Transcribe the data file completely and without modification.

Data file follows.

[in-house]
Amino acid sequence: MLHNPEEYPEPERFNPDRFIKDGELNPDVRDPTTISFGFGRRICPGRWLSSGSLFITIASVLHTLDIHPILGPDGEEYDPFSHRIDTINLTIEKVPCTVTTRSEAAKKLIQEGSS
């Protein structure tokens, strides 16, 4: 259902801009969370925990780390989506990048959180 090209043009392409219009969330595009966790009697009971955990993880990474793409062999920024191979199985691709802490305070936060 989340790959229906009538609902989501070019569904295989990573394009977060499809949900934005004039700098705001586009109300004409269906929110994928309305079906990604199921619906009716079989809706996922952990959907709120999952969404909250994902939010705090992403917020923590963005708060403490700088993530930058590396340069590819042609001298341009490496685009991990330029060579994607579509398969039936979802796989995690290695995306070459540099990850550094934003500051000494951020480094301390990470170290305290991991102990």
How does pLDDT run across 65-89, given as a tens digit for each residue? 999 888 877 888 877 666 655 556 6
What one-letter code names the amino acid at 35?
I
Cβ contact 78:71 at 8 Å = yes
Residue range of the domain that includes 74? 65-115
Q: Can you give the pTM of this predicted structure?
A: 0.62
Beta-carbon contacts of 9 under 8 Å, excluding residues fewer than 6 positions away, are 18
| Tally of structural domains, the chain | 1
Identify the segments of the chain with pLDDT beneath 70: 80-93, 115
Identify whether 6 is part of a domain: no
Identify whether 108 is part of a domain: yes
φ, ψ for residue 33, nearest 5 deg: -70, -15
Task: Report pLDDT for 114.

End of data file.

[in-house]
Amino acid sequence: MLHNPEEYPEPERFNPDRFIKDGELNPDVRDPTTISFGFGRRICPGRWLSSGSLFITIASVLHTLDIHPILGPDGEEYDPFSHRIDTINLTIEKVPCTVTTRSEAAKKLIQEGSS
């Protein structure tokens, strides 16, 4: 259902801009969370925990780390989506990048959180 090209043009392409219009969330595009966790009697009971955990993880990474793409062999920024191979199985691709802490305070936060 989340790959229906009538609902989501070019569904295989990573394009977060499809949900934005004039700098705001586009109300004409269906929110994928309305079906990604199921619906009716079989809706996922952990959907709120999952969404909250994902939010705090992403917020923590963005708060403490700088993530930058590396340069590819042609001298341009490496685009991990330029060579994607579509398969039936979802796989995690290695995306070459540099990850550094934003500051000494951020480094301390990470170290305290991991102990």
How does pLDDT run across 65-89, given as a tens digit for each residue? 999 888 877 888 877 666 655 556 6
What one-letter code names the amino acid at 35?
I
Cβ contact 78:71 at 8 Å = yes
Residue range of the domain that includes 74? 65-115
Q: Can you give the pTM of this predicted structure?
A: 0.62
Beta-carbon contacts of 9 under 8 Å, excluding residues fewer than 6 positions away, are 18
| Tally of structural domains, the chain | 1
Identify the segments of the chain with pLDDT beneath 70: 80-93, 115
Identify whether 6 is part of a domain: no
Identify whether 108 is part of a domain: yes
φ, ψ for residue 33, nearest 5 deg: -70, -15
Task: Report pLDDT for 114.